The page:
I don’t remember much about the drive. The kids slept. My husband kept me calm. Blood and other fluid trickled from my ear. At the hospital, well after midnight by then, my husband stayed in the car with the sleeping kids. The doctor who finally saw me irrigated my ear and poured in a solution to numb the pain and kill the bug, if it was still alive. My eardrum was so inflamed it was unclear, he told me, what was eardrum and what was bug. He sent me home because there was nothing more he could do before the swelling subsided, and he didn’t want to permanently damage my hearing.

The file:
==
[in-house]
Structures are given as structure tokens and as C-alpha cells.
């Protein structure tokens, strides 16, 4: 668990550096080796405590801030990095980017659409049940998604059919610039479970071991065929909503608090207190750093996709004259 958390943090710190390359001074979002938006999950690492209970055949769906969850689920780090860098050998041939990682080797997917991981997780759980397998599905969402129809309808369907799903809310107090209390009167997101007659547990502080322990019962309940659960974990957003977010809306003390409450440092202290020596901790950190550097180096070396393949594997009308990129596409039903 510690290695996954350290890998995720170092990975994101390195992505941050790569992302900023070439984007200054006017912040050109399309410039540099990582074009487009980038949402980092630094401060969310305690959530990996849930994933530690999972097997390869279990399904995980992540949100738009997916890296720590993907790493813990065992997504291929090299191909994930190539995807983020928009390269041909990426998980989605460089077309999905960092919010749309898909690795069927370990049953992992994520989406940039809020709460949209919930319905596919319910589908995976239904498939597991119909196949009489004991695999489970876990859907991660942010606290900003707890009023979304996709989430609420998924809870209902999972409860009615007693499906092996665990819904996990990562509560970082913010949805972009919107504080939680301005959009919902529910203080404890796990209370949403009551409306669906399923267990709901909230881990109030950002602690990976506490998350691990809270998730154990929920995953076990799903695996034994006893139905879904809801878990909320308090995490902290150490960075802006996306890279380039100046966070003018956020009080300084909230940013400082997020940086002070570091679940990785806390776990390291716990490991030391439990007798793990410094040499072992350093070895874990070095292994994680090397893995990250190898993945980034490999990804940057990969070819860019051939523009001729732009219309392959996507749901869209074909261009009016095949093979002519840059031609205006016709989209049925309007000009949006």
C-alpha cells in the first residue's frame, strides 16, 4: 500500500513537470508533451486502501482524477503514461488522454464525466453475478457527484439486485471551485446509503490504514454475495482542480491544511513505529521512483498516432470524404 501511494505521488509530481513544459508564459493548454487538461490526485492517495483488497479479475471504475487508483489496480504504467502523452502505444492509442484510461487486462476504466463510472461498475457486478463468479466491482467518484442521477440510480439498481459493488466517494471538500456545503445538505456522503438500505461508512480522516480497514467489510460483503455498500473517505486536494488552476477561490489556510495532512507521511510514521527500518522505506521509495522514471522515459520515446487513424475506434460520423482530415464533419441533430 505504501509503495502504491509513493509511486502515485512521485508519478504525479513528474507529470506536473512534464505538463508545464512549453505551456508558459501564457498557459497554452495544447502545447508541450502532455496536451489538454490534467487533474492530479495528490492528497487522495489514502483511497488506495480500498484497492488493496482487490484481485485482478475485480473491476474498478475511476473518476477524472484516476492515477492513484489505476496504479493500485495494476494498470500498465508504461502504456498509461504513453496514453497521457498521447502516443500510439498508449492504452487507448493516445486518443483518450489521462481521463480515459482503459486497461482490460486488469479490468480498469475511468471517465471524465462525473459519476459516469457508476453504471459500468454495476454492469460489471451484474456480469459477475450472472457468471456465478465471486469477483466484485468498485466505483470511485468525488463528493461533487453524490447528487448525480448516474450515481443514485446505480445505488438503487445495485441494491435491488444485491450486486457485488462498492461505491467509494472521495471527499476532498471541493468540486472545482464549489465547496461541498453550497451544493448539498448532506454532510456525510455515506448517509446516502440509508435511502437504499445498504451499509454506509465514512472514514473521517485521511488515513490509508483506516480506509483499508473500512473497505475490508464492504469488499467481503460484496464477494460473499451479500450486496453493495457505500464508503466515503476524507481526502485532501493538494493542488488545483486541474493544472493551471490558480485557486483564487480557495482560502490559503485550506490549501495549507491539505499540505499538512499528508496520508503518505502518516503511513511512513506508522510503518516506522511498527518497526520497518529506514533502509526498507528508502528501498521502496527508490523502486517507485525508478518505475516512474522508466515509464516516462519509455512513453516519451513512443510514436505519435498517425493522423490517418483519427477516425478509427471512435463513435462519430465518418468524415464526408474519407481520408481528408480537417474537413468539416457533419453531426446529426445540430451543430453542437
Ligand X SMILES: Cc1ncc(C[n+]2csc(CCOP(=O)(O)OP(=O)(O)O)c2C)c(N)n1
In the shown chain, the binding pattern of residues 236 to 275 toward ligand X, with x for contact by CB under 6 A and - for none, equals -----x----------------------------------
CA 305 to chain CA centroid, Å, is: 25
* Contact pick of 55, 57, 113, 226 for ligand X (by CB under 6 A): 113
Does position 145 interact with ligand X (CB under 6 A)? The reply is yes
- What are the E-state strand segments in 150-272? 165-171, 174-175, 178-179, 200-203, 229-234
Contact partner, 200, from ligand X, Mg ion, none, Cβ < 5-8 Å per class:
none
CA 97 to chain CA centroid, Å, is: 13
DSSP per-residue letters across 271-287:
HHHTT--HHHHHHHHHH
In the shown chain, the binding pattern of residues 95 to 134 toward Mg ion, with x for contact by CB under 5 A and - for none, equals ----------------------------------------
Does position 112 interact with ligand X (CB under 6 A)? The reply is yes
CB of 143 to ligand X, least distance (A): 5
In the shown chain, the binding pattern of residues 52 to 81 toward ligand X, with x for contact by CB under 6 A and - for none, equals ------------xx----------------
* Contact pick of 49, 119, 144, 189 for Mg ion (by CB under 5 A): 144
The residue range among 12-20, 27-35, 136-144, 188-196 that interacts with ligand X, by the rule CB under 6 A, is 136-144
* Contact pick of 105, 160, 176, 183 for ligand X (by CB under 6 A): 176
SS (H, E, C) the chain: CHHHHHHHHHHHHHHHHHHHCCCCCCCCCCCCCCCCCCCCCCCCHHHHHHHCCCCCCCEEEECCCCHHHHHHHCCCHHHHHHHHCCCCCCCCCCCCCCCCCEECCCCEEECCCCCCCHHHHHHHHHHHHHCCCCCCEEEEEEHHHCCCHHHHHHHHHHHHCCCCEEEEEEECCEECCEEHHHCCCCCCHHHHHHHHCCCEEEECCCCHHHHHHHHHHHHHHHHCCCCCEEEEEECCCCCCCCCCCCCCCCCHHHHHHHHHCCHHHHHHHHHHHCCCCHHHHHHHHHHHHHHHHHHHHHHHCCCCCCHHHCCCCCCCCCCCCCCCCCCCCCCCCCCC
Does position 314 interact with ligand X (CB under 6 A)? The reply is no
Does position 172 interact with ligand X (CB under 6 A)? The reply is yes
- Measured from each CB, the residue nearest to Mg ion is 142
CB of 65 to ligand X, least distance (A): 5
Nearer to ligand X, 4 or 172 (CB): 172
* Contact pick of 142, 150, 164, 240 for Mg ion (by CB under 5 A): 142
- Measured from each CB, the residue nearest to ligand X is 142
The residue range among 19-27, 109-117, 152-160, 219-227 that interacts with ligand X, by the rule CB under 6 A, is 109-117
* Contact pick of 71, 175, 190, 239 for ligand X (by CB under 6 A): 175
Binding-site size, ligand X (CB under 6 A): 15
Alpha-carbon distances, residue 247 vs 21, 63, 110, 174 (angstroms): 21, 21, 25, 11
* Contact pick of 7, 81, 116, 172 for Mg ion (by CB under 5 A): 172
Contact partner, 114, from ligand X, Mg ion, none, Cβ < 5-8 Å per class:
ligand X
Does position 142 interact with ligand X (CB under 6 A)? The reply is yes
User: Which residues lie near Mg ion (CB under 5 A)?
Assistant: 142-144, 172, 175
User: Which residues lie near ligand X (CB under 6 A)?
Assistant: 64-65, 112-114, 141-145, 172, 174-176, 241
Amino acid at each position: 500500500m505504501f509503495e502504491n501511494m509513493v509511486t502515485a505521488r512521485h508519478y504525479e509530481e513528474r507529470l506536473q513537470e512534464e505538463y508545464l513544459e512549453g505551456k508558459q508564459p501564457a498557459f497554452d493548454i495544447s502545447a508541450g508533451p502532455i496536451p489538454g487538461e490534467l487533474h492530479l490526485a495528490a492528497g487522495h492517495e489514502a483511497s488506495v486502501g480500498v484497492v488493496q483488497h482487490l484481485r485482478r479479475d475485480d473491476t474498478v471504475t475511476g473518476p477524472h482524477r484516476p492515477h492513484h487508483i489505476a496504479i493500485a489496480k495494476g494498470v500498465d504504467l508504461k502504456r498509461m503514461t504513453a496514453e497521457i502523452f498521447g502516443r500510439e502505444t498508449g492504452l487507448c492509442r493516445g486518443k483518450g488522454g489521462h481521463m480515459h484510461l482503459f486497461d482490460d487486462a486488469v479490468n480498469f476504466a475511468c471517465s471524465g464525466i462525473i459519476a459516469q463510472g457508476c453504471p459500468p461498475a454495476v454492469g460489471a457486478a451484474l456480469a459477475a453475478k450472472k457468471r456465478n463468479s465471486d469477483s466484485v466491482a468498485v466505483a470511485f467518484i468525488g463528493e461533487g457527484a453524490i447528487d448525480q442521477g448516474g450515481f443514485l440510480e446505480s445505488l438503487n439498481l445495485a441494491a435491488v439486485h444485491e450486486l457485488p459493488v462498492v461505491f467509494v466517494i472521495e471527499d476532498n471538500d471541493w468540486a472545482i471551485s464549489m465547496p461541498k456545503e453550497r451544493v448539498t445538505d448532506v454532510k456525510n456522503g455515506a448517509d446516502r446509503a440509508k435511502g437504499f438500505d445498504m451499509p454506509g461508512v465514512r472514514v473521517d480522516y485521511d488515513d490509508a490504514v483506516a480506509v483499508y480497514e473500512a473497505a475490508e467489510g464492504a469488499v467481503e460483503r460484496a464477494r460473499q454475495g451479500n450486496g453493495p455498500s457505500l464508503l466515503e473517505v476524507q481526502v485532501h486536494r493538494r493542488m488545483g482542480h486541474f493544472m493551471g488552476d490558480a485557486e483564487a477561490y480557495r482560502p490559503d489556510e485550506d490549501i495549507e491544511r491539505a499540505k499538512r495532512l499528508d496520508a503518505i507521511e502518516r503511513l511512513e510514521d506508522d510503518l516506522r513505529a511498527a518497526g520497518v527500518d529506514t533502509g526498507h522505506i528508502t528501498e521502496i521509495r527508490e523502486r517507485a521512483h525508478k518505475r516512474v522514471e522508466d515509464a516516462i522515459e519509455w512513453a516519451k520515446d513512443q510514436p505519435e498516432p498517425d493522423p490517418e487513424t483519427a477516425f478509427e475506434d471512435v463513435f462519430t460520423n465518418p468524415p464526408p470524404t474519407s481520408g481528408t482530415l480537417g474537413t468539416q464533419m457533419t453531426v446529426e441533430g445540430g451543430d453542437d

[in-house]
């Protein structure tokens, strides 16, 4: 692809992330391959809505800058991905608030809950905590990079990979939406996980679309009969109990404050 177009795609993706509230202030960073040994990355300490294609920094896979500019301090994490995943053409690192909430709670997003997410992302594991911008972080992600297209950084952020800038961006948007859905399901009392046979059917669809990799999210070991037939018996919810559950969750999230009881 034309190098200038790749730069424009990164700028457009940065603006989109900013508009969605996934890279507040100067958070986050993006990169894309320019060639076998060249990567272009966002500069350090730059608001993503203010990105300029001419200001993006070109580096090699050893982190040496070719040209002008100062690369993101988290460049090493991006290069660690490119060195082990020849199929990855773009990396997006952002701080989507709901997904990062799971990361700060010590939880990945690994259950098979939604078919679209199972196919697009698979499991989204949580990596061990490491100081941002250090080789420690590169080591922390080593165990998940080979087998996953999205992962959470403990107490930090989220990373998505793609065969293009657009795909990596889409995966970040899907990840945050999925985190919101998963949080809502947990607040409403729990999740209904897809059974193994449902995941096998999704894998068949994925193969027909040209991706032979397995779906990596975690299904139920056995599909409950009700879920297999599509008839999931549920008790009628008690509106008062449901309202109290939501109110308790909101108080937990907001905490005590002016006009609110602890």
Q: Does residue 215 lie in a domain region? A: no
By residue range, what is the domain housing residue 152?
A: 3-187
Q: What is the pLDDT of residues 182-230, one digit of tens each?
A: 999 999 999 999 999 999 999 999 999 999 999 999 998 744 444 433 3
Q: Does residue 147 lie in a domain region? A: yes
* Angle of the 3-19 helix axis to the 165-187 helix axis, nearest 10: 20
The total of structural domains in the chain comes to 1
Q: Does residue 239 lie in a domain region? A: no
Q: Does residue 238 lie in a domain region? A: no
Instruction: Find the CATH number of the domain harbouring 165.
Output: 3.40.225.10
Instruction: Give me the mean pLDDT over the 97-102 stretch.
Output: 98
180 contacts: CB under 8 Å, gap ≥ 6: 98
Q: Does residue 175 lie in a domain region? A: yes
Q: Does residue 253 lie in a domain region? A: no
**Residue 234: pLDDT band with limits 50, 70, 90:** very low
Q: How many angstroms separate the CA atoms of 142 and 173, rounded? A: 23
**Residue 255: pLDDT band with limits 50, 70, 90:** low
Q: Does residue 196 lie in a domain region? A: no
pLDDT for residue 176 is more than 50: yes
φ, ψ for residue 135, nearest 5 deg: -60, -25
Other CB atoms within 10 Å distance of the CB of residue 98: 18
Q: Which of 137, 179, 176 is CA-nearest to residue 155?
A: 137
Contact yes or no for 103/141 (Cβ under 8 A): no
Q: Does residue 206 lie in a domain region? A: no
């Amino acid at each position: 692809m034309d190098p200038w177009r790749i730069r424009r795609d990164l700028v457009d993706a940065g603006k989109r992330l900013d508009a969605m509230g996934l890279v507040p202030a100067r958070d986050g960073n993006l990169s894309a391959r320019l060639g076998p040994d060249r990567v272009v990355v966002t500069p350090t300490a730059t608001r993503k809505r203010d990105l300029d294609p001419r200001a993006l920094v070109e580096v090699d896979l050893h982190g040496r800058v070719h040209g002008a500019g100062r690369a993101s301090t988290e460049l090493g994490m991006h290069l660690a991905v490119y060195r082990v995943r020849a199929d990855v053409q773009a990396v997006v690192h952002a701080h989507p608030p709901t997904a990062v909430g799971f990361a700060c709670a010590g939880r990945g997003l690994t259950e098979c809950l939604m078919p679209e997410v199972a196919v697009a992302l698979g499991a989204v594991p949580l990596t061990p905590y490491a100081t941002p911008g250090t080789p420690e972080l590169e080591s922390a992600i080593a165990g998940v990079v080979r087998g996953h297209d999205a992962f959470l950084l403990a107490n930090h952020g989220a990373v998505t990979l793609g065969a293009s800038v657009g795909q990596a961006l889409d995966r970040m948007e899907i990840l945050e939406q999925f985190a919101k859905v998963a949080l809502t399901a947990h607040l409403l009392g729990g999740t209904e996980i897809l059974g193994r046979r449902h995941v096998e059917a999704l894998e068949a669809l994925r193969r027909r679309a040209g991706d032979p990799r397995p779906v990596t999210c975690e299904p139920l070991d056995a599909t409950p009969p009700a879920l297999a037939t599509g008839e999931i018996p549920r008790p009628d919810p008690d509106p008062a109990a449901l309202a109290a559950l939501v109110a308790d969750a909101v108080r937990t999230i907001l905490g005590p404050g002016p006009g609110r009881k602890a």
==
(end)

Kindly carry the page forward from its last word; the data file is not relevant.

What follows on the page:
Grey goo is a useful construct for considering low-probability, high-impact outcomes from emerging technologies. Thus, it is a useful tool in the ethics of technology . Daniel A. Vallero  applied it as a worst-case scenario thought experiment for technologists contemplating possible risks from advancing a technology. This requires that a decision tree or event tree include even extremely low probability events if such events may have an extremely negative and irreversible consequence, . application of the precautionary principle . Dianne Irving  admonishes that "any error in science will have a rippling effect....". Vallero adapted this reference to chaos theory to emerging technologies, wherein slight permutations of initial conditions can lead to unforeseen and profoundly negative downstream effects, for which the technologist and the new technology's proponents must be held accountable.